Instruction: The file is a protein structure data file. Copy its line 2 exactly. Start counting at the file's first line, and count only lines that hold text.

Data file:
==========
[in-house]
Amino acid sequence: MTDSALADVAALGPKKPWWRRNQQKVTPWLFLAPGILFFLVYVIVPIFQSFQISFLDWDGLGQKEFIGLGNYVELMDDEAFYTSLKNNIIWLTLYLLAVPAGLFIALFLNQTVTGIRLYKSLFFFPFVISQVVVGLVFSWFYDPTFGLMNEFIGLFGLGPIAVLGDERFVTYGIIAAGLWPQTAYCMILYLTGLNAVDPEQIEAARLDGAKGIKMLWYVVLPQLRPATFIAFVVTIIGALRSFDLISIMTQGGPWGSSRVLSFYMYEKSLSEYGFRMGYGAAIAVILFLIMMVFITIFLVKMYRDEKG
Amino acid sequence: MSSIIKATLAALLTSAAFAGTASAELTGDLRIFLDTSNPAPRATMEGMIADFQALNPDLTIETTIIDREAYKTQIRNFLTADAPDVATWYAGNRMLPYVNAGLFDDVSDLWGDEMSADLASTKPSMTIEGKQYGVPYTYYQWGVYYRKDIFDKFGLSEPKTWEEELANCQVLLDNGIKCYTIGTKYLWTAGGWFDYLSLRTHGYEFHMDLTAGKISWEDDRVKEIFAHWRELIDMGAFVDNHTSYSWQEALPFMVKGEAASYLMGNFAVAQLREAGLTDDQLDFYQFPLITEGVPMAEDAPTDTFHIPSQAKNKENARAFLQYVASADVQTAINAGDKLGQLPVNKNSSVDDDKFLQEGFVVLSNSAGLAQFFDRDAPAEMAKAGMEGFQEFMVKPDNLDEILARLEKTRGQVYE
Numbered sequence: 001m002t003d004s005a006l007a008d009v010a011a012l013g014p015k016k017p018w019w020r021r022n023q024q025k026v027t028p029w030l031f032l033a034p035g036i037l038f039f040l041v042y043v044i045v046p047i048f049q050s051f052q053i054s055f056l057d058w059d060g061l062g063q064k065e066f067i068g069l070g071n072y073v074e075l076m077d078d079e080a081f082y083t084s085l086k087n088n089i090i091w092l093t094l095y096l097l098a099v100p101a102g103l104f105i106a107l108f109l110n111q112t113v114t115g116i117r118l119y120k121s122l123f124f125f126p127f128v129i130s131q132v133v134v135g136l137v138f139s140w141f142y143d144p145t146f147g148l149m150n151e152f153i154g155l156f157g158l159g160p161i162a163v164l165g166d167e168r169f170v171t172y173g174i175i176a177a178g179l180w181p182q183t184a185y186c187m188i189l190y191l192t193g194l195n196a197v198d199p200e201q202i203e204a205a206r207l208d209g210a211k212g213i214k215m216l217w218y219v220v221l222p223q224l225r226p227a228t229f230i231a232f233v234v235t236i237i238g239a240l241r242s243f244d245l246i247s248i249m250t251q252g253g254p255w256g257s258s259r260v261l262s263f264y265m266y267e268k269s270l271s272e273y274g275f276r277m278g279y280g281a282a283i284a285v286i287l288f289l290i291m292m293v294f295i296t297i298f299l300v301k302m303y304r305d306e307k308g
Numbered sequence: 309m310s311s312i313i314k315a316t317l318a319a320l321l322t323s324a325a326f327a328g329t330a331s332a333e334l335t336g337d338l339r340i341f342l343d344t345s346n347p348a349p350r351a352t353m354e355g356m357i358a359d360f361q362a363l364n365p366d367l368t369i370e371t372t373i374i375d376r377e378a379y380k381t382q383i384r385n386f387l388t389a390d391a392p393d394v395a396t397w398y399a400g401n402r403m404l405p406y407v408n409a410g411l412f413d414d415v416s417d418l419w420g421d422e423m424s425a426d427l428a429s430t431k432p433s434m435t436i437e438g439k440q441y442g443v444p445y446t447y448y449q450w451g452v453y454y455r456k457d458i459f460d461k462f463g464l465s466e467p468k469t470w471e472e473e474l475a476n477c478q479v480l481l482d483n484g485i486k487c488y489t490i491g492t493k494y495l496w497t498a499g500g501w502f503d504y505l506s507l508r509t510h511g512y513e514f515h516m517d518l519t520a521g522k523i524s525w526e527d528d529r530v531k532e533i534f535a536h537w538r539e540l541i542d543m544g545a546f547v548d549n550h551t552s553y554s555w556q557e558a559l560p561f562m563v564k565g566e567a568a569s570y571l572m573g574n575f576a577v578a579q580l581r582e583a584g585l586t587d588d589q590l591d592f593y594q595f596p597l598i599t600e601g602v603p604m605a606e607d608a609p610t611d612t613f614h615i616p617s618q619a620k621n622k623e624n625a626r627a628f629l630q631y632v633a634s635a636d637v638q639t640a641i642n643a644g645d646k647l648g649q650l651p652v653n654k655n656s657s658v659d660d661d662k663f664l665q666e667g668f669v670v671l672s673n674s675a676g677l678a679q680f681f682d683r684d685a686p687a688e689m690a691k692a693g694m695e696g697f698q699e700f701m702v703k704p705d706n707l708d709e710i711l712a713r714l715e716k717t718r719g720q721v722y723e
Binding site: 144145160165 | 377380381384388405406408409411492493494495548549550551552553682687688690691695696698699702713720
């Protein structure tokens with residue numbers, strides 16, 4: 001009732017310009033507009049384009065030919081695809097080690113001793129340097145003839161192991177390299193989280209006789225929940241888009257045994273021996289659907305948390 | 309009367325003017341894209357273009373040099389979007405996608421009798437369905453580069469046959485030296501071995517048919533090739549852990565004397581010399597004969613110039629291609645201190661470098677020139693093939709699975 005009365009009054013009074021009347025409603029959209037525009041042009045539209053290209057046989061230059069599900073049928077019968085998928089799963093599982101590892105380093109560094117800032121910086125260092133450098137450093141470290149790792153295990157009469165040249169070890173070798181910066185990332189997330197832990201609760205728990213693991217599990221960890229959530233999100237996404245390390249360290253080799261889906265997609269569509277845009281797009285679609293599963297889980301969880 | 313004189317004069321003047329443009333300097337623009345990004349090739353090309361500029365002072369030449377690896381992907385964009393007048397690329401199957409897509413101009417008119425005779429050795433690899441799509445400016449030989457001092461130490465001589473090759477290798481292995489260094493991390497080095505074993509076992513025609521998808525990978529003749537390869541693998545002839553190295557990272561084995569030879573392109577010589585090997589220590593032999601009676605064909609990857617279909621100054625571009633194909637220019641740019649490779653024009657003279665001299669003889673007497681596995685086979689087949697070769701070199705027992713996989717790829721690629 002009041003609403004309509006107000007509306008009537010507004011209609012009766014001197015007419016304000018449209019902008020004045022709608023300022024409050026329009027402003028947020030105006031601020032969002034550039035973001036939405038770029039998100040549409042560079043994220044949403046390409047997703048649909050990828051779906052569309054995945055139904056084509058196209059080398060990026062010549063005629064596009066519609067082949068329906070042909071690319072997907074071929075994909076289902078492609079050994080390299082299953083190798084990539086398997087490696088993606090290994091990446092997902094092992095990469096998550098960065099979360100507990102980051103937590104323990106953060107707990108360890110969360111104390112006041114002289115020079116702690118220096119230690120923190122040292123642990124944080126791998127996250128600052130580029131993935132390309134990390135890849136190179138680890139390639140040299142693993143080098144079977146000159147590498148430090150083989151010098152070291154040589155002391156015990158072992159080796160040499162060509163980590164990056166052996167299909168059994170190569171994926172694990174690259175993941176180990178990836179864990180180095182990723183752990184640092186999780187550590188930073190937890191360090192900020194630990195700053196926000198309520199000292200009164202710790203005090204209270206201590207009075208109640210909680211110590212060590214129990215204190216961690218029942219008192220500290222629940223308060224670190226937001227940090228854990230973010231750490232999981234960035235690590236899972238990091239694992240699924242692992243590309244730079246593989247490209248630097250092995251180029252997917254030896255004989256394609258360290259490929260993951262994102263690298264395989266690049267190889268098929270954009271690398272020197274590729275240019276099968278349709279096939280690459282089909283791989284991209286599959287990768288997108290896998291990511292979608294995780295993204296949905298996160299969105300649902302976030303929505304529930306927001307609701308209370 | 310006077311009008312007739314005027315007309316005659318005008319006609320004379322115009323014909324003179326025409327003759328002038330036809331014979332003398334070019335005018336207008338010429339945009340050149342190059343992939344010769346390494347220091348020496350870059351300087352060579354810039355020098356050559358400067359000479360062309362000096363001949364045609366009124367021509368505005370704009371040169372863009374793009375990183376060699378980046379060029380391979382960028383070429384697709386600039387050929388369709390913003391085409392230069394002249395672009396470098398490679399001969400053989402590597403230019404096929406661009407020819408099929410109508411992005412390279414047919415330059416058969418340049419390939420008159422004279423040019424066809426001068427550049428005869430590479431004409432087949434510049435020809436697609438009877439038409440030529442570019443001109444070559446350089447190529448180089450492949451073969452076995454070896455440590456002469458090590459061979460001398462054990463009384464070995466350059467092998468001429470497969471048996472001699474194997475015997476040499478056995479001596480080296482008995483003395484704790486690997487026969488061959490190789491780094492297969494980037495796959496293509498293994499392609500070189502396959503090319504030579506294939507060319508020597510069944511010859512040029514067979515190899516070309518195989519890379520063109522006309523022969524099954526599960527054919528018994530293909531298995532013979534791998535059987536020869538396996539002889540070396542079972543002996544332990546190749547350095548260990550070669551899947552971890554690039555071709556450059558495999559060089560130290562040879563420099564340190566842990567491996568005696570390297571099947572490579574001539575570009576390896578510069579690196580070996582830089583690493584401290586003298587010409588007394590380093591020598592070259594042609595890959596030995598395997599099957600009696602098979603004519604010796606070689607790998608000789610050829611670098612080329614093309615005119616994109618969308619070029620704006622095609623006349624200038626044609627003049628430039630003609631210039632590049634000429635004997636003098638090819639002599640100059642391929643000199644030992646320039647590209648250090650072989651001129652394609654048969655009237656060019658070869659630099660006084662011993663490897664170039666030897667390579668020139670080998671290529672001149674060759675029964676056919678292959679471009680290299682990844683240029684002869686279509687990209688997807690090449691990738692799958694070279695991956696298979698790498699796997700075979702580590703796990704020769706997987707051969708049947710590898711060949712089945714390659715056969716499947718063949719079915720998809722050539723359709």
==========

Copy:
Amino acid sequence: MTDSALADVAALGPKKPWWRRNQQKVTPWLFLAPGILFFLVYVIVPIFQSFQISFLDWDGLGQKEFIGLGNYVELMDDEAFYTSLKNNIIWLTLYLLAVPAGLFIALFLNQTVTGIRLYKSLFFFPFVISQVVVGLVFSWFYDPTFGLMNEFIGLFGLGPIAVLGDERFVTYGIIAAGLWPQTAYCMILYLTGLNAVDPEQIEAARLDGAKGIKMLWYVVLPQLRPATFIAFVVTIIGALRSFDLISIMTQGGPWGSSRVLSFYMYEKSLSEYGFRMGYGAAIAVILFLIMMVFITIFLVKMYRDEKG